Climate Change Research ›› 2020, Vol. 16 ›› Issue (5): 545-554.doi: 10.12006/j.issn.1673-1719.2020.019

• Cryosphere Service • Previous Articles     Next Articles

Effects of forest fires on ecological service in permafrost regions

LI Xiao-Ying1,2,3, JIN Hui-Jun2,3,4(), HE Rui-Xia3, HUANG Ya-Dong3   

  1. 1 Key Laboratory of Sustainable Forest Ecosystem Management of Ministry of Education/ Northern Forest Fire Management Key Laboratory of the State Forestry and Grassland Bureau, College of Forestry, Northeast Forestry University, Harbin 150040, China
    2 Institute of Cold-Regions Engineering Science and Technology/ Northeast-China Observatory and Research-Station of Permafrost Geo-Environment of Ministry of Education, Northeast Forestry University, Harbin 150040, China
    3 State Key Laboratory of Frozen Soils Engineering, Northwest Institute of Eco-Environment and Resources, Chinese Academy of Sciences, Lanzhou 730000, China
    4 School of Civil Engineering, Northeast Forestry University, Harbin 150040, China
  • Received:2020-02-03 Revised:2020-03-24 Online:2020-09-30 Published:2020-09-30
  • Contact: JIN Hui-Jun


Under a warming climate, increasing forest fires in the Greater Hinggan Mountains in Northeast China has led to the degradation of permafrost and recovery and succession of vegetation, obviously impacting on service functions of the forest ecosystem. In this study, Mangui and Alongshan in the northern Greater Hinggan Mountains were chosen as the study areas. Through quantitative methods, we calculated the benefits and losses of CO2 fixation and O2 release by the forest ecosystem; purifying the environment, including the absorption of SO2 and dusts; hydrological benefits, including flood control and water conservation; microclimate benefit loss; wildlife conservation and recreational benefits. Significant losses of ecosystem service values have occurred after fires in Mangui and Alongshan. The losses in the benefits of CO2 fixation and O2 release and purifying the environment were the two largest, accounting for 42.34% and 41.94% of the total benefit loss, respectively. The losses in the wildlife conservation benefits were the least (0.80%). Those in microclimatic, recreational and hydrological benefits, accounted for 8.61%, 3.49%, and 2.82%, respectively. Even if the coniferous forest ecosystem restored to the broad-leaved forest ecosystem after the fire, the loss in the benefit of purifying the environment could still reach 69.3%. Therefore, it is essential to systematically protect coniferous forests in permafrost areas and effectively reduce the occurrences of forest fires, so as to maintain the stability, sustainability and service ability of forest ecosystem in permafrost regions.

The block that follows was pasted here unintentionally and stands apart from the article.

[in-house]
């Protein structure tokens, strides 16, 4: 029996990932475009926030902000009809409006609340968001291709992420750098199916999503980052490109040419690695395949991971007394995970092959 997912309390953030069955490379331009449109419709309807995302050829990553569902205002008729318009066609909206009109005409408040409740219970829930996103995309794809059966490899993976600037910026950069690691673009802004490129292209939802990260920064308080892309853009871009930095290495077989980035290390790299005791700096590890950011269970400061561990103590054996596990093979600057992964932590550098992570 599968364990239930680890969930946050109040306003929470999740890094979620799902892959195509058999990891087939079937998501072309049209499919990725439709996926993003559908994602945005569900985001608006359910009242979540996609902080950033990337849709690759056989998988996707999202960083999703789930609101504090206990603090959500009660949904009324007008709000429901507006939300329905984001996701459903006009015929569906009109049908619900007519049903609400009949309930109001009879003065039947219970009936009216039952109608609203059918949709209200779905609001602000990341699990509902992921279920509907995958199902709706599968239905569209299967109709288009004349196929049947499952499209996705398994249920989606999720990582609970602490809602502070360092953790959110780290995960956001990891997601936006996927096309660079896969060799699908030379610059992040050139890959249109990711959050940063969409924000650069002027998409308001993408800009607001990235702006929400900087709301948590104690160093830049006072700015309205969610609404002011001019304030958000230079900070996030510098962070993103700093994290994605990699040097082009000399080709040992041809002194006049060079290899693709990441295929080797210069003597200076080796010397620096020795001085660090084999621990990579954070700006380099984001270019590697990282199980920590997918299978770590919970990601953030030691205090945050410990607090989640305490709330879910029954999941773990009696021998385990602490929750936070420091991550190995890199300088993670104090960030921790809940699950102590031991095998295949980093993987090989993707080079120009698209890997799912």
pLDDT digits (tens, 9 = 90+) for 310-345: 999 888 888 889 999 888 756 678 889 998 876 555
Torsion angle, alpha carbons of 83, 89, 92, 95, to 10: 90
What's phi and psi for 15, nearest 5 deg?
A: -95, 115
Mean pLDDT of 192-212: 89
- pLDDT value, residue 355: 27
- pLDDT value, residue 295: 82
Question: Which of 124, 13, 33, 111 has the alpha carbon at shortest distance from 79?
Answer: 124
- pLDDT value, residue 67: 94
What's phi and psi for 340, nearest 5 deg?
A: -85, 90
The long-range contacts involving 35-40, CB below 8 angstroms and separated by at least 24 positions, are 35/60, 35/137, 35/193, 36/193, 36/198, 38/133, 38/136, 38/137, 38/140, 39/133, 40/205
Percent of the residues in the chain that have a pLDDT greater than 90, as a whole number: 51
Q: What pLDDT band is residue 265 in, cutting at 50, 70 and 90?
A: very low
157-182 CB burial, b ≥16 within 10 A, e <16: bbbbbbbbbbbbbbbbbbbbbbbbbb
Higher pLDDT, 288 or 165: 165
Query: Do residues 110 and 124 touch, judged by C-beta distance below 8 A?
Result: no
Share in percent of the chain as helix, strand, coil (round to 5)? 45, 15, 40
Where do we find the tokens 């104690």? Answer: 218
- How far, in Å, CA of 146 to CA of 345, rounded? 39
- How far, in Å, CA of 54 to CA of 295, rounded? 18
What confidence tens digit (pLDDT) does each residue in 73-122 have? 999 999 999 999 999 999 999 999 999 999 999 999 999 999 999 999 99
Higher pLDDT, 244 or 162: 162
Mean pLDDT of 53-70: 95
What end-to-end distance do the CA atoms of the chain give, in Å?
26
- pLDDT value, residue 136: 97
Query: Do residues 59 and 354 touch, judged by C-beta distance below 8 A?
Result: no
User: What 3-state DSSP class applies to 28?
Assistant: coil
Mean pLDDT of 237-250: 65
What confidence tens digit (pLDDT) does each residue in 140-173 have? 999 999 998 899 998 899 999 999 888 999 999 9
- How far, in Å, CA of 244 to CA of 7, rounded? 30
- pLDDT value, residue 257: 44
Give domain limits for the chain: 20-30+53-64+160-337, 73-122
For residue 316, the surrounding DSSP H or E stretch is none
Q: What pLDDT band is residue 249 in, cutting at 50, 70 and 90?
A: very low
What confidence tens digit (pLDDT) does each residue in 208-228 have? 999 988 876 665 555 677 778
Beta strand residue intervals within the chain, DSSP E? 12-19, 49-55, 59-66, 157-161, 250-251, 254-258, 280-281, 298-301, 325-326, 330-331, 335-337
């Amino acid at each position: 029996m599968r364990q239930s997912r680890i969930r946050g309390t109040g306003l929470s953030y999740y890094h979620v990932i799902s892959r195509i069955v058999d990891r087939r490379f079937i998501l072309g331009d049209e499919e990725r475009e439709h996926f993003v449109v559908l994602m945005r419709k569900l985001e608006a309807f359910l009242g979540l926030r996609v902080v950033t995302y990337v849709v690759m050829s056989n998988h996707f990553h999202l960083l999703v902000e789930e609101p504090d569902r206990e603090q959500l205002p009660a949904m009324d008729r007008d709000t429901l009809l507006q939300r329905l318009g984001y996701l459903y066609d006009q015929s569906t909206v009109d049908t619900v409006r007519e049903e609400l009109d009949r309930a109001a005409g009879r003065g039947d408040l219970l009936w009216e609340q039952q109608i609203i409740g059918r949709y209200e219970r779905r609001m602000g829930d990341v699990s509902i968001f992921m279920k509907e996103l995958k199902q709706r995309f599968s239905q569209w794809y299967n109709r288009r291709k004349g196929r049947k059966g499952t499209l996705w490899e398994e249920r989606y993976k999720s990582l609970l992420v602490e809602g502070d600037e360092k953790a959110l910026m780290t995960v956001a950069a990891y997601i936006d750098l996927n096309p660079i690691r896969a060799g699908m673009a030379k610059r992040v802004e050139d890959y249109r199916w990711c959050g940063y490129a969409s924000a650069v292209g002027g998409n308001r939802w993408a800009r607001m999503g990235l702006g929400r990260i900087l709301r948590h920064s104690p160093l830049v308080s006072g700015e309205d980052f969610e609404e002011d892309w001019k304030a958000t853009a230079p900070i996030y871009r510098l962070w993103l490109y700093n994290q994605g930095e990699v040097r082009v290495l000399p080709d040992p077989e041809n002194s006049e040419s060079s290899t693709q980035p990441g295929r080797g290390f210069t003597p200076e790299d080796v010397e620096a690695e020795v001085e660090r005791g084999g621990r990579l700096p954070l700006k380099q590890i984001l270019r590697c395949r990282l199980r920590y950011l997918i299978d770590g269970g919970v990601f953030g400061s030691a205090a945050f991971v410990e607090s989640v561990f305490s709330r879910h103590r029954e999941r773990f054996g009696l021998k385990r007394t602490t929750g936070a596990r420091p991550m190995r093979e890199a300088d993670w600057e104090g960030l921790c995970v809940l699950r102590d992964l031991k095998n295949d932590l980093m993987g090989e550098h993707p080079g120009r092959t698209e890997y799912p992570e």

Key words: Permafrost region, Forest fire, Ecosystem service, Coniferous forests

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